On the contrary, it's such a heartbreak when winter comes and, with it, time to leave the Vosges and live the next 6 months in Nancy. What doesn't help at all is that I work during all that time in tropical greenhouses at hte botanical garden in Nancy, which is a bit difficult for me, as well because of the "climate" as because of my in comparaison with alpines rather low interest for tropical vegetation.
Allright, I already think now about next spring and next move to the pastures ;) And about the joy to see the plants wake up again from their winter rest.

I haven't got a private garden. All I could wish or hope for is already over there ;)
NE-France,Haut-Chitelet alpine garden,1200 m.asl
Rather cool/wet summer,reliable 4/5 months winter snow cover
Annual precip:200/250cm,3.5°C mean annual temp.

cohan

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Re: Haut Chitelet Alpine Garden (France)
« Reply #10 on: November 07, 2010, 04:07:43 AM »
well, 6 months of bliss is more than  some people get   ;)
i love the mountains too, but when winter hits (of course much colder than nancy) i wouldn't mind being safely in a tropical greenhouse  ;D

Philippe

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Re: Haut Chitelet Alpine Garden (France)
« Reply #11 on: January 16, 2011, 09:53:53 AM »
Well, it's now around midwinter here in France, days become longer, but spring in the mountains is still far away.
On this sunny sunday morning, I made a little walk in my archives, and found some garden plants pics from the previous years.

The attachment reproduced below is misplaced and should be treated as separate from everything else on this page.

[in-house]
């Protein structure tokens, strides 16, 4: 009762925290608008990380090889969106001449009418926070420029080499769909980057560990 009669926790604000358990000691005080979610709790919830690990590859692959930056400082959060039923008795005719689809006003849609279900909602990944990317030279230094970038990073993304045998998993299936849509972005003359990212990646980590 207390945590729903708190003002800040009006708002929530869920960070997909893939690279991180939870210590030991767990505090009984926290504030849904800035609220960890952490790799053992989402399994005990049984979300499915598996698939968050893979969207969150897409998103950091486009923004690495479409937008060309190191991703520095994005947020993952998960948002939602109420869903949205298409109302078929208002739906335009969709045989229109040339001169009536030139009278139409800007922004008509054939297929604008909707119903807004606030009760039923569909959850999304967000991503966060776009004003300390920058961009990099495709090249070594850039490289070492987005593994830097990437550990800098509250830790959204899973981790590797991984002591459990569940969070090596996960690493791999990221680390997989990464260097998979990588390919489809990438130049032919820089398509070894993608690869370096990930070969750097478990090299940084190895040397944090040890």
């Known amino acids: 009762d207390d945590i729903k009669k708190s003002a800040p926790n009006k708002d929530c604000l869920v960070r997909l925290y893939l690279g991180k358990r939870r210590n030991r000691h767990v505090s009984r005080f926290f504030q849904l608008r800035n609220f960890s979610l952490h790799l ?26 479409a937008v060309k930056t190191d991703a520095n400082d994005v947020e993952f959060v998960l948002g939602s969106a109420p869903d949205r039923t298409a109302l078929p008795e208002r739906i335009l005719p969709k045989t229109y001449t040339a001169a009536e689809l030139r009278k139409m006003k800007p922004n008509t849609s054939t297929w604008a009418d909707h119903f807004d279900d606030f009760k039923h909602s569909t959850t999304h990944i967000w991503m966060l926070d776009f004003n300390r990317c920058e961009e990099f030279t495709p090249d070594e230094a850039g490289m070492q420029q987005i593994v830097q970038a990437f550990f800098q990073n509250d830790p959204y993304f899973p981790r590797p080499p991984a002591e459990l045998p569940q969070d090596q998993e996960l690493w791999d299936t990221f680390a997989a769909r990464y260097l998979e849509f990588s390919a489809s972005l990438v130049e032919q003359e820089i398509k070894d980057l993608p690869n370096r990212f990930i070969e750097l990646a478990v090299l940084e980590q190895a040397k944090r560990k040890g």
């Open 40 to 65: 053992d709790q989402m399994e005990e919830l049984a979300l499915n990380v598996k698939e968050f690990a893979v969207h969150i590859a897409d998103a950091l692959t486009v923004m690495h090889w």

1- Androsace alpina
Not an easy one, but for a plant that is cultivated outdoor, it does quite well. I have to renew it from time to time, as the cushions are never very long lived. Heat and droughtness are rather uncommon here, but it simply suffers the comparatively too long growing saison at 1200m asl.

2- Androsace vitaliana
Or whatever name it will be given...A fairy in late may, when the grey carpet gets covered with hundreds of little golden flowers. The plant may look less showy after that in summer, but this generous flowering for 2 weeks in spring is well worth waiting. It grows rapidly here, and divisions are made every year. Never seen seed on it, I'll try hand pollination next spring.

3- Androsace laggeri
From the Pyrenees, perhaps the loveliest of the carnea group, with its fine leaves, light and fragile flowers.

4- Petrocallis pyrenaica
A gem found in the Pyrenees and the Alps. The plant I have flowers pink and white at the same time, what might hang on the flower stage.

5- Draba polytricha
From the Caucasus. Care must be taking of it, as it tends sometimes to not appreciate the winter in the open air, particularly when snowcover comes to fail over longer time.

6- Primula juliae
Also from the Caucasus. A creeping primula which appreciates cool, damp, and rather shade conditions

7- Linnaea borealis
Another creeping plant to be found on acidic soil, amongst Rhododendron ferrugineum and Pinus in the Alps. Its flowers clearly show its relativity to Lonicera-family

8- Linaria alpina
The queen of instable screes. Here it is planted in a very little round trough, Soil is a mix of much grit, sand, and some loam and humus, the top covered with slate-stone ( for visual effect only). Not particularly long lived in this conditions, but it always sets enough seeds to insure the next-year flowering, as the seedlings grow on pretty quick.